In the latest episode of San Diego Actually Has More Water Than It Needs (and Has for a While), the San Diego County Water Authority is trying to come up with incentives to get more of its clients — which include water departments across the region — to use more water.

Demand for water is so low that it could end up sitting in the main pipeline. If it sits there too long, it will become undrinkable.

Water officials are eager for a short-term solution while they try to figure out what to do. They need to do something quickly.

“That’s because the Water Authority has been flushing treated water through its pipeline to keep things clear and drinkable. That flushed water then spills into the Lower Otay Reservoir, a lake near Chula Vista,” writes our Ry Rivard.

Once you dump treated water into a reservoir, well, you have to treat it again. It’s a waste.

If water departments do buy more water from the Water Authority, it doesn’t mean we necessarily have to wash our cars more or get out the Slip ‘N Slides. Various agencies could help out simply by leaving their reservoirs alone and buying water from the pipes for us to drink.

Intense Response to Lackluster Hep A Response

Lisa Halverstadt’s story about the county and city’s response to the Hepatitis A outbreak and struggles to put in hand-washing stations has struck a chord.

San Diego City Councilman David Alvarez was incensed. He issued a memo asking the mayor to declare a state of emergency for the homeless crisis and virus threat. There have now been 15 deaths.

Here’s what a state of emergency would mean.

On Twitter, he kept up the pressure: “BTW, this doesn’t mean the county is off the hook on this. They are the biggest problem, but in absence of them giving a shit, we should,” he wrote. Alvarez wasn’t alone. Nathan Fletcher, running for county supervisor also jumped on it.

“This is absurd–we put a man on the moon 50 years (ago) but can’t set up hand washing stations downtown. People are dying,” he wrote.

Assemblyman Todd Gloria has expressed his anger as well.

Just How Much Is Spent on Homeless Needs?

A lot. But working with NBC 7 San Diego for a special edition of San Diego Explained, Halverstadt produced some visualizations of how much the county and city of San Diego and several other agencies spent serving the homeless.

It was $634 million for the last two fiscal years combined.

Stephen Puetz, the Exit Interview

I interviewed Mayor Kevin Faulconer’s former chief of staff, Stephen Puetz, for a special podcast episode. In it, he talks about his whole career as a political consultant with Faulconer, former City Councilman Carl DeMaio and what it’s like to be a Republican with President Trump in the White House.

Weber Doesn’t Flinch

CALMatters went back to Arkansas with San Diego Assemblywoman Shirley Weber and came back with a good profile and video.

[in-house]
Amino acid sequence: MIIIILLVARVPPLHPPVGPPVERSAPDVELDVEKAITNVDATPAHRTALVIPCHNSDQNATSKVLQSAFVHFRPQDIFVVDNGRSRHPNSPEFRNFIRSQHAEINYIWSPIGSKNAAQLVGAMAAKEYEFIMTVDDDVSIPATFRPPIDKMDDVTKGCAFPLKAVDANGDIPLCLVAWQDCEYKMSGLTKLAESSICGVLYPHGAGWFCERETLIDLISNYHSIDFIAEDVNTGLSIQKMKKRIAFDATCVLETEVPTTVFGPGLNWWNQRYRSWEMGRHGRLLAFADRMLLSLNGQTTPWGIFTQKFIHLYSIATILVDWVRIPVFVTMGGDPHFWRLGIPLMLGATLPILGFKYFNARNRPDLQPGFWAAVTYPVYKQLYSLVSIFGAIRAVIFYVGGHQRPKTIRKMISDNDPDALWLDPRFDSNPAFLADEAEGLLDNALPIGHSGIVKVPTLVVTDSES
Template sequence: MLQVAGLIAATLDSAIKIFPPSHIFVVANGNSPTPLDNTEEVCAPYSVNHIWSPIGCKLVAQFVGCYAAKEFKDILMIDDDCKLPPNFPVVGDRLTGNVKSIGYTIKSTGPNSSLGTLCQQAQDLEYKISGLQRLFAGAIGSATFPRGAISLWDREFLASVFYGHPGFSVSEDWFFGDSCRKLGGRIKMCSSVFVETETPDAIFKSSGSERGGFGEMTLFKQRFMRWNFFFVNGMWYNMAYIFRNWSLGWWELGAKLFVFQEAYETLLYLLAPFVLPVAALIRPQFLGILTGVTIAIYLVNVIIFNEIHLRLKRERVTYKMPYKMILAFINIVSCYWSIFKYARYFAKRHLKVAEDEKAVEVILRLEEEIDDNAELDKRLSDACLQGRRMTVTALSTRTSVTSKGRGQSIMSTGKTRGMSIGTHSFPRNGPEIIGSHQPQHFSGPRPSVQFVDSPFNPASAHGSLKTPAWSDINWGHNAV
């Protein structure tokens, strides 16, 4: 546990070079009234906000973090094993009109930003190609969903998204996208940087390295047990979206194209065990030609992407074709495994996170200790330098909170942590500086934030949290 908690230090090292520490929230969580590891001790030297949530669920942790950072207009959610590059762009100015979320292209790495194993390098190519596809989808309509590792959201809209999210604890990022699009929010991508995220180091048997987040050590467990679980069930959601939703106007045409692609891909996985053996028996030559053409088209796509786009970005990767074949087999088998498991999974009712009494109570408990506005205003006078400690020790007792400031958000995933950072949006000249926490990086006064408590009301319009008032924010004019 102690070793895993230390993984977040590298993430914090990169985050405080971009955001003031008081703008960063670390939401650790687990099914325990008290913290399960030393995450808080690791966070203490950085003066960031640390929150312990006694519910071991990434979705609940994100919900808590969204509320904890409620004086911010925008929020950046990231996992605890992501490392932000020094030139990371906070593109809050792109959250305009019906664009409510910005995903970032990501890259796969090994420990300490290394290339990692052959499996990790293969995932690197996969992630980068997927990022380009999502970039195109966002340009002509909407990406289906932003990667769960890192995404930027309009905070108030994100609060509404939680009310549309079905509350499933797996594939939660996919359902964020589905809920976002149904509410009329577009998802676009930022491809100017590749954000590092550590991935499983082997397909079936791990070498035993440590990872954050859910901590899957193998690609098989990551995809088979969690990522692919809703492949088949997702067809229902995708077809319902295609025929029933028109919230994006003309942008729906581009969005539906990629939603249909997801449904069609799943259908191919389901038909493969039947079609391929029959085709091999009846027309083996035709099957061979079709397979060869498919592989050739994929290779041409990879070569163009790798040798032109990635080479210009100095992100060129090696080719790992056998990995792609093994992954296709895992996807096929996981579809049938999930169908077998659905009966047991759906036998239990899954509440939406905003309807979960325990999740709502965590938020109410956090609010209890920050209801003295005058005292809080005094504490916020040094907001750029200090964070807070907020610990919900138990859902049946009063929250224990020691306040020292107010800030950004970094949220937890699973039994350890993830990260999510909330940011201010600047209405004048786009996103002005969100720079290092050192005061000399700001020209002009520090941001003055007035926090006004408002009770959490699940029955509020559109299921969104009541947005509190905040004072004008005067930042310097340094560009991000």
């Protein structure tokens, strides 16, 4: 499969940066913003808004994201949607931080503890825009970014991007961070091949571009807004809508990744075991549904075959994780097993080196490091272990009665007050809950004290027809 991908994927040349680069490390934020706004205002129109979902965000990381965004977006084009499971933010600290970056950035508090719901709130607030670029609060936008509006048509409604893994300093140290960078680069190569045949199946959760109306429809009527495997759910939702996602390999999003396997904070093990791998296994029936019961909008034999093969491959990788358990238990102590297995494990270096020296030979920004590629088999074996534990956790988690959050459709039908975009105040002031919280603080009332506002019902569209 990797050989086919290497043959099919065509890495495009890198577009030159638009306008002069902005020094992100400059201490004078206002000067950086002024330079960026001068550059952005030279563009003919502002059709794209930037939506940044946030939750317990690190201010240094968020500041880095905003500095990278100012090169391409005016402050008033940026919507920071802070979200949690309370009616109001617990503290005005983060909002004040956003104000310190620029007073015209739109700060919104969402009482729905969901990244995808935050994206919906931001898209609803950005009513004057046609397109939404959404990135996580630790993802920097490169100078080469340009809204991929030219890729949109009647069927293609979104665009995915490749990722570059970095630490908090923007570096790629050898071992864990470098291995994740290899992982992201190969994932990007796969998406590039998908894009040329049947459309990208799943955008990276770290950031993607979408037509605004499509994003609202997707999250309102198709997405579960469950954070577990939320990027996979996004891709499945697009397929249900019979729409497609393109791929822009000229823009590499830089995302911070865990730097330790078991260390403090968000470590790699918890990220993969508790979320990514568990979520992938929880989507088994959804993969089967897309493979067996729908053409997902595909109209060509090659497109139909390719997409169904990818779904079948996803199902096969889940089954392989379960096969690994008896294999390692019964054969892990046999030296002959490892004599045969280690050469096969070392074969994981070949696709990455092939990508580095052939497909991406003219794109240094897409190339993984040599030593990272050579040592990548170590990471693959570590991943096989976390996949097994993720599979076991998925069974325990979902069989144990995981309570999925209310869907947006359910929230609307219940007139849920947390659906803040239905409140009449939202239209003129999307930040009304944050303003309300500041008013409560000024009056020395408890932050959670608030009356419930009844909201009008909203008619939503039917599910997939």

Inside the California Capitol, she’s an education reformer who doesn’t flinch when taking on the powerful teachers union, shrugs off setbacks and “just won’t die” on the issues she cares about.

“I don’t fear that I’m going to get lynched at night or that someone is going to bomb my house. I don’t fear that,” Weber said. “What my predecessors stood for and fought for was a whole lot harder than what I’m fighting for today.”

A bill pushed by Weber and Assemblyman Todd Gloria that would allow voters locally to amend the charter of the county of San Diego to force a runoff has been sent to the governor for his signature. Right now, county candidates, like those running for district attorney, can win outright in a primary election if they get more than 50 percent of the vote. The bill wouldn’t change that but the Board of Supervisors or a county citizens could put up an initiative to change it and require runoffs, much as Measure K did for the city in 2016.

If Two-Thirds Threshold Is Gone, Infrastructure Boon?

Our Sara Libby wrote for CityLab about the potential impact of a new Supreme Court ruling on transportation funding. The court declared that the state Constitution’s section about taxes and what it takes to approve them only apply to governments and “governments” do not include citizens acting on their own with initiatives.

Ostensibly that means special taxes would not require two-thirds of voters to approve them.

“In particular, a lowered bar to passing voter initiatives could be a boon when it comes to funding transit and infrastructure projects,” she writes.

Whoa, Rams Seat Prices, Whoa

The L.A. Times has gotten a hold of details of plans the Los Angeles Rams have to sell fans personal seat licenses — essentially the right to buy tickets at the new stadium owner Stan Kroenke is building in Inglewood.

The team is pioneering a new nonprofit club approach to the seat license concept. And the price tags for membership mentioned in the article are eye-popping — up to $225,000 just for the right to buy Rams tickets. The Chargers will apparently try to sell similar licenses with proceeds going to pay for the stadium.

Quick News

• We learned which companies will get to build prototypes of the big wall President Trump wants to see built on the border. The prototypes will be 30 feet tall and 30 feet long and will be put up right here in San Diego. (NBC San Diego)

• The U-T learned that three hospitals were fined for patient harm incidents.

• The heat wave is peaking and San Diego Unified School District has said dozens of schools must close early Friday. (NBC San Diego)

Scott Lewis oversees Voice of San Diego’s operations, website and daily functions as Editor in Chief. He also writes about local politics, where he frequently...

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